March 5, 2019

Professionals | QLD

In certain circumstances, a “home exemption” for land tax may be available for trustees of discretionary trusts. Trustees of discretionary trusts which own properties used as a beneficiary’s primary residence should consider whether the requirements for the land tax home exemption are satisfied. 

Where a trustee has claimed the home exemption and the Office of State Revenue has approved it indefinitely, the trustee should, prior to the end of each financial year (regardless of whether or not distributions are being made), confirm that the requirements for the exemption have and will continue to be satisfied. 


The Land Tax Act 2010 (Qld) (Act) provides for an exemption for land tax where:

  • land is owned by a trustee of a trust;
  • the trustee is not an absentee; and
  • the land is used as the home of all beneficiaries of the trust.

An “absentee” includes a person who does not ordinarily reside in Australia. This includes persons who do not usually live in Australia and, on 30 June, is absent from Australia or who has been absent for more than half of the 12 month period ending on 30 June. 

The “beneficiaries” of the discretionary trust are either:

  • those persons in whose favour a power of appointment has been exercised in the 12 month period before 30 June; or
  • if there is no exercise of the power of appointment (e.g. because there is no income of the trust), the default beneficiaries of the trust. 

The requirement is clearly stated that it must be used by ALL beneficiaries of the trust and therefore it must be used by all default beneficiaries. This can be problematic where there are multiple default beneficiaries.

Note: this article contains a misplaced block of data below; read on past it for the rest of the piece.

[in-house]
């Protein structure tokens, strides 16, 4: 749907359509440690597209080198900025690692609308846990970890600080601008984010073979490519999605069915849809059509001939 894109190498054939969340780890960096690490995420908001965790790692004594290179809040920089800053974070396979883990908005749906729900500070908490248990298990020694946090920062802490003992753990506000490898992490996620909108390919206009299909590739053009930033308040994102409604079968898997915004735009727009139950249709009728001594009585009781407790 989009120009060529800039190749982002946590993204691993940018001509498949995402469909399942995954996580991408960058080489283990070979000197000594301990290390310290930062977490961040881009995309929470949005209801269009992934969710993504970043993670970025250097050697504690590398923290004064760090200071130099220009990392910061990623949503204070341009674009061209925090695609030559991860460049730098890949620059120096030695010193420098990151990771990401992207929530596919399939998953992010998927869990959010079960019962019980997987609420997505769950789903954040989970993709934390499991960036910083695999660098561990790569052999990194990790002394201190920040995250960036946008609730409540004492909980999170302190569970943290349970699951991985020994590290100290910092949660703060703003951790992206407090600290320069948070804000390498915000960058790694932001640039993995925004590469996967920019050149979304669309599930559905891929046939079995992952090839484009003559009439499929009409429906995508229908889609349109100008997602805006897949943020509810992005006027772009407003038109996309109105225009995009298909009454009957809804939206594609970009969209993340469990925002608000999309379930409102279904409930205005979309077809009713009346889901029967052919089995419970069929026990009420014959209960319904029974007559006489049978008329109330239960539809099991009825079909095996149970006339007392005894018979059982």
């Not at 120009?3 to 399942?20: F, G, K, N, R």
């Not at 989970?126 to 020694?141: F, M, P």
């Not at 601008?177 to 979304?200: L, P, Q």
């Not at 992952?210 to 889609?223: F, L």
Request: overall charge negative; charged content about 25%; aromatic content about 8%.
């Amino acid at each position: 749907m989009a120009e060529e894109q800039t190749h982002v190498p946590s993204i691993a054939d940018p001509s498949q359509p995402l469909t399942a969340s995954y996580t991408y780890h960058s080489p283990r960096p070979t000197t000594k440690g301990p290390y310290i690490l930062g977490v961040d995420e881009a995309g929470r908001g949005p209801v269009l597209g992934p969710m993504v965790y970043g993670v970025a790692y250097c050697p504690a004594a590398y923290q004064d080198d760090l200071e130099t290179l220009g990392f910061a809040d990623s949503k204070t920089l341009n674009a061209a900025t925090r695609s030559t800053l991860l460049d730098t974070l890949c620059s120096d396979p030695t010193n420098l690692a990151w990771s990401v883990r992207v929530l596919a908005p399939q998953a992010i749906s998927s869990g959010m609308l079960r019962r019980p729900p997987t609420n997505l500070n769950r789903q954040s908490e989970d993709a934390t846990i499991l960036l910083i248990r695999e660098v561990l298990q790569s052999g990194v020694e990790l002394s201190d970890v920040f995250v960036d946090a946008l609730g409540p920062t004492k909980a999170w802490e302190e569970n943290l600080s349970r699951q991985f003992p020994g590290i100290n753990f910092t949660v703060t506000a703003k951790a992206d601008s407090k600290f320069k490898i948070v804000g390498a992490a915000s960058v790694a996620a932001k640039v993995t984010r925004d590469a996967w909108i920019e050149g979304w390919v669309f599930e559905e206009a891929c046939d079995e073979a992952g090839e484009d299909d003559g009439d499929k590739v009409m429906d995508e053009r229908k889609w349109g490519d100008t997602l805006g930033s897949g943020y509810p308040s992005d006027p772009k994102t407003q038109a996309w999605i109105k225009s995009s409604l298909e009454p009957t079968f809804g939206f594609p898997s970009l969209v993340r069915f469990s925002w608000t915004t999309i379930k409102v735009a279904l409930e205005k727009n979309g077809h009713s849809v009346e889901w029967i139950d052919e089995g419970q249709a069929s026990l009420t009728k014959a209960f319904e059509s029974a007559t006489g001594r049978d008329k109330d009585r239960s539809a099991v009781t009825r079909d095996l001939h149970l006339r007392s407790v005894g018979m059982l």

Because land tax is assessed on the basis of land held as at 30 June each year, and in respect of the year in advance (i.e. not retrospectively), the trustee will need to ensure that the requirements of the exemption are met for the 12 months prior to the relevant 30 June. This can prove difficult where:

  • distributions have been made in a period before the land was acquired; or
  • there is income for distribution and it has not (or will not) be distributed only to the beneficiary who occupies the land.


If the Office of State Revenue has granted the exemption and provided notice, the exemption will continue to be applied unless there is a change in circumstances which results in the exemption no longer applying. 

The trustee must notify the Office of State Revenue of the change within 28 days of it occurring. 

Changes can include, the property ceasing to be used as the home of the beneficiary/beneficiaries, the property being rented or a business being operated from the home (which may result in only a partial loss of the exemption).


McInnes Wilson Lawyers can assist with a range of matters including:

  • applications for the exemption;
  • upfront structuring for property purchases to ensure that the exemption is available (e.g. the trust deed, the purchase of the property) and steps to take to ensure the ongoing satisfaction of the requirements for the exemption;
  • notification to the Office of State Revenue that the exemption no longer applies and, if appropriate request a reassessment and mitigate penalties and interest (if applicable).